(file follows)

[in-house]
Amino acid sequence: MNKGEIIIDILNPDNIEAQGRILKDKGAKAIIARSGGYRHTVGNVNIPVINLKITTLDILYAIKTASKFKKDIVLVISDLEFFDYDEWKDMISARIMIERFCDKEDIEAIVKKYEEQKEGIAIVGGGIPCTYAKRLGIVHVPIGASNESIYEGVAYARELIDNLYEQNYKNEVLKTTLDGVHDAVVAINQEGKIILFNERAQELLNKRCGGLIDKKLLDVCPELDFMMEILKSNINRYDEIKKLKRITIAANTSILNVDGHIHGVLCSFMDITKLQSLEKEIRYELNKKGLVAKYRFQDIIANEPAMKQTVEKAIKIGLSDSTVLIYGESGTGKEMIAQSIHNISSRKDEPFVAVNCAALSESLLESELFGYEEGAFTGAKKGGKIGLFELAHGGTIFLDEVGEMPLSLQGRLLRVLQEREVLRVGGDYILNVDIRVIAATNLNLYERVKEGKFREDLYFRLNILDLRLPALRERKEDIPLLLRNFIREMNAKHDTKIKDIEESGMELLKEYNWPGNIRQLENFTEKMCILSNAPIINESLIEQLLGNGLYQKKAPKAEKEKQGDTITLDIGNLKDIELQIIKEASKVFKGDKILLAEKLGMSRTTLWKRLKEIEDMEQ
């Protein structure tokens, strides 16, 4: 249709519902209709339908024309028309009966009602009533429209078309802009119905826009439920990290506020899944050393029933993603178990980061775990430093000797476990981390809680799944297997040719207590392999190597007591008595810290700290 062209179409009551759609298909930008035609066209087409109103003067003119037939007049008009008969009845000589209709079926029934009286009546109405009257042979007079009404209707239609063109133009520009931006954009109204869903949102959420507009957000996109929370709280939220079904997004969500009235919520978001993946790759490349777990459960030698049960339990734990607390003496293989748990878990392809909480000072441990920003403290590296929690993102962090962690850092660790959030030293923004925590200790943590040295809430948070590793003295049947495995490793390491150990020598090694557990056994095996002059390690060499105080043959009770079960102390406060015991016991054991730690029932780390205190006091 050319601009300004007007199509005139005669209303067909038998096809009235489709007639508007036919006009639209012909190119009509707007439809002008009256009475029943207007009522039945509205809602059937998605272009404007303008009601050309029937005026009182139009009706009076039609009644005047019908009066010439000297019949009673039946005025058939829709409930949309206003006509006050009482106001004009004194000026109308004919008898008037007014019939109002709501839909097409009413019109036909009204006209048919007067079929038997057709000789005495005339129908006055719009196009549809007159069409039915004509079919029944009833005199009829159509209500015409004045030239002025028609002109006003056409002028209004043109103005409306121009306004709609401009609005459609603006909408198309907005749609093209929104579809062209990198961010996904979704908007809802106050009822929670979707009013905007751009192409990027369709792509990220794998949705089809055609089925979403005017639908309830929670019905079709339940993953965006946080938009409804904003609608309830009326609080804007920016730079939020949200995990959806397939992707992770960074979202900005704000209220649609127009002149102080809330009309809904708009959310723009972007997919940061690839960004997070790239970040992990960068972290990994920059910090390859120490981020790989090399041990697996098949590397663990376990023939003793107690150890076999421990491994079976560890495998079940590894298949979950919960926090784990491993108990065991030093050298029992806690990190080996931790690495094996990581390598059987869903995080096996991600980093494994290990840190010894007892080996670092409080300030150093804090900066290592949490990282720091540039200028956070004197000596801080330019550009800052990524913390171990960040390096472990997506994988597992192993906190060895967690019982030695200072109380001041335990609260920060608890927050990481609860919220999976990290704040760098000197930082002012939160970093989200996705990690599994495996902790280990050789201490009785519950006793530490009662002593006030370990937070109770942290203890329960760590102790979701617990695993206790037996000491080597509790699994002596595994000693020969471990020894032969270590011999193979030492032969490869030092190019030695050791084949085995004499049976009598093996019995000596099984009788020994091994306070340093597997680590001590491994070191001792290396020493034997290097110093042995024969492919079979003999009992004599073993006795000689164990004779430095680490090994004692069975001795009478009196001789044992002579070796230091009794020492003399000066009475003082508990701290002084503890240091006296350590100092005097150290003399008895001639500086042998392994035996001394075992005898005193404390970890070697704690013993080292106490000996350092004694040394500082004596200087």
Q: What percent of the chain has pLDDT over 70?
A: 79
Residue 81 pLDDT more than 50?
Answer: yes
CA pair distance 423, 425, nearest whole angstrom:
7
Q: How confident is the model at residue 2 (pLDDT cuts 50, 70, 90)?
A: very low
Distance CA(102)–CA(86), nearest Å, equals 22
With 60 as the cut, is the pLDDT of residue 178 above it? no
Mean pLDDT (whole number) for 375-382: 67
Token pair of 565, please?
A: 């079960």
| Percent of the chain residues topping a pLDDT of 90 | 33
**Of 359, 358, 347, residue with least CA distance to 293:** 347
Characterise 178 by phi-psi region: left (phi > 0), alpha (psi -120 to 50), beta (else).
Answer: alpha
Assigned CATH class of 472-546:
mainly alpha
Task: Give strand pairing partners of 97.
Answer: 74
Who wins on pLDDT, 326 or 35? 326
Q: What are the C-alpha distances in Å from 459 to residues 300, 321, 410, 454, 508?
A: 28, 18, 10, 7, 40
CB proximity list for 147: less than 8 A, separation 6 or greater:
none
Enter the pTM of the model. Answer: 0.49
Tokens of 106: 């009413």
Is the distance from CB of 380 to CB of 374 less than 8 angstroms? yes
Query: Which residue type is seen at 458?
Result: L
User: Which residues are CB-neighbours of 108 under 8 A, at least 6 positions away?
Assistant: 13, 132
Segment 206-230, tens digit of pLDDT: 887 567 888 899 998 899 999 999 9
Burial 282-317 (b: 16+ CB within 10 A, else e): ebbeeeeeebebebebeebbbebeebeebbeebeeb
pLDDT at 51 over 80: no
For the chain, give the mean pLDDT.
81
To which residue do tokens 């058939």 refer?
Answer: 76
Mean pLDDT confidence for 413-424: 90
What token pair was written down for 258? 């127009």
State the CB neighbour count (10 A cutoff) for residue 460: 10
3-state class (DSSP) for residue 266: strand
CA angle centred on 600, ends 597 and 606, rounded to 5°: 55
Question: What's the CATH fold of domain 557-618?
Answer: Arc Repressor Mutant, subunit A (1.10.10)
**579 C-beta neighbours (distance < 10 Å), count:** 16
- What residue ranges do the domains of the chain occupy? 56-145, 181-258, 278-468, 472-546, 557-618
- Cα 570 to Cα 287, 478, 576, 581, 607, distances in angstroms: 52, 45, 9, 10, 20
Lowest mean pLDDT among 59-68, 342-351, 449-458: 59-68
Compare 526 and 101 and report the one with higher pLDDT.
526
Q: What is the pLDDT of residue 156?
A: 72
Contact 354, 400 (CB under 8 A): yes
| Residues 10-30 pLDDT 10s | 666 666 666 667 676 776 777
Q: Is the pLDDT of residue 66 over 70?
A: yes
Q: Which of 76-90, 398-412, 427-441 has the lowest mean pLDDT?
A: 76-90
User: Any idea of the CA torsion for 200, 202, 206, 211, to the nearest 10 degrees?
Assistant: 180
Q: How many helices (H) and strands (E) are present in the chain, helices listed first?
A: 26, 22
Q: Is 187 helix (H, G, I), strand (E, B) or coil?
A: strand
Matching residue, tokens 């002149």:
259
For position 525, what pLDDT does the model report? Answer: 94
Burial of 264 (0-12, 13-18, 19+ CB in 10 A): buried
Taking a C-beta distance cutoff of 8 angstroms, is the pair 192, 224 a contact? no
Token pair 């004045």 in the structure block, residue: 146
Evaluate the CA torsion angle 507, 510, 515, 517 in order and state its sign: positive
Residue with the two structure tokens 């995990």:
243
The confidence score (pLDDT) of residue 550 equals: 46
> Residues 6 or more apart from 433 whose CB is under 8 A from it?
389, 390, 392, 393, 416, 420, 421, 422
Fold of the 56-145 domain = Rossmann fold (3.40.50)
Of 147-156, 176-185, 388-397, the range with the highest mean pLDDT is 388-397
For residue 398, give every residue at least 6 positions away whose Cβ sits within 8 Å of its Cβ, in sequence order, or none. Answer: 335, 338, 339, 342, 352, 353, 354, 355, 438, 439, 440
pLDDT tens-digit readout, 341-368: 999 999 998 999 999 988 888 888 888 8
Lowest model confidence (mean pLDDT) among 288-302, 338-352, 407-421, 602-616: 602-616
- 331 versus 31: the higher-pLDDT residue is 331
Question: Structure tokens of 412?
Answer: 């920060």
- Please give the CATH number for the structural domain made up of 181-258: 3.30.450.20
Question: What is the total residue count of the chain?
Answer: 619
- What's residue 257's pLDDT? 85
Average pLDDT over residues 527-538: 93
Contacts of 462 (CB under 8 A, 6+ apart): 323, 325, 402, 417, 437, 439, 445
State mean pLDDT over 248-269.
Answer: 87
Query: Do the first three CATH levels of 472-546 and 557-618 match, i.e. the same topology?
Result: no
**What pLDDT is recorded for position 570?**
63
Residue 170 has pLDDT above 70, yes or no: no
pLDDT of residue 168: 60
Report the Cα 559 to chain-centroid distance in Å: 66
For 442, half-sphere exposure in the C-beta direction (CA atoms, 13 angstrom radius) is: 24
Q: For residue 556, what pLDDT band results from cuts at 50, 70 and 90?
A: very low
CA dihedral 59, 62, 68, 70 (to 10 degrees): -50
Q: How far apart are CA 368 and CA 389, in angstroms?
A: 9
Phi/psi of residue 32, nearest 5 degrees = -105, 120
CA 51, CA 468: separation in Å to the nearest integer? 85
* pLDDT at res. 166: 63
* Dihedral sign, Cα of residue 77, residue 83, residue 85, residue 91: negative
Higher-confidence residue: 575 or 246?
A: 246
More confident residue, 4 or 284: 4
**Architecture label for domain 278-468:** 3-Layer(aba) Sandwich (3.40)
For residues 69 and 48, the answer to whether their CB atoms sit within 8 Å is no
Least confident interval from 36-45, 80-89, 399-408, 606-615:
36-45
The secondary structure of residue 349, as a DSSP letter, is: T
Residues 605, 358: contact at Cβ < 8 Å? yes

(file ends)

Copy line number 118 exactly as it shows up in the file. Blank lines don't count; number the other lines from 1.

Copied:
More confident residue, 4 or 284: 4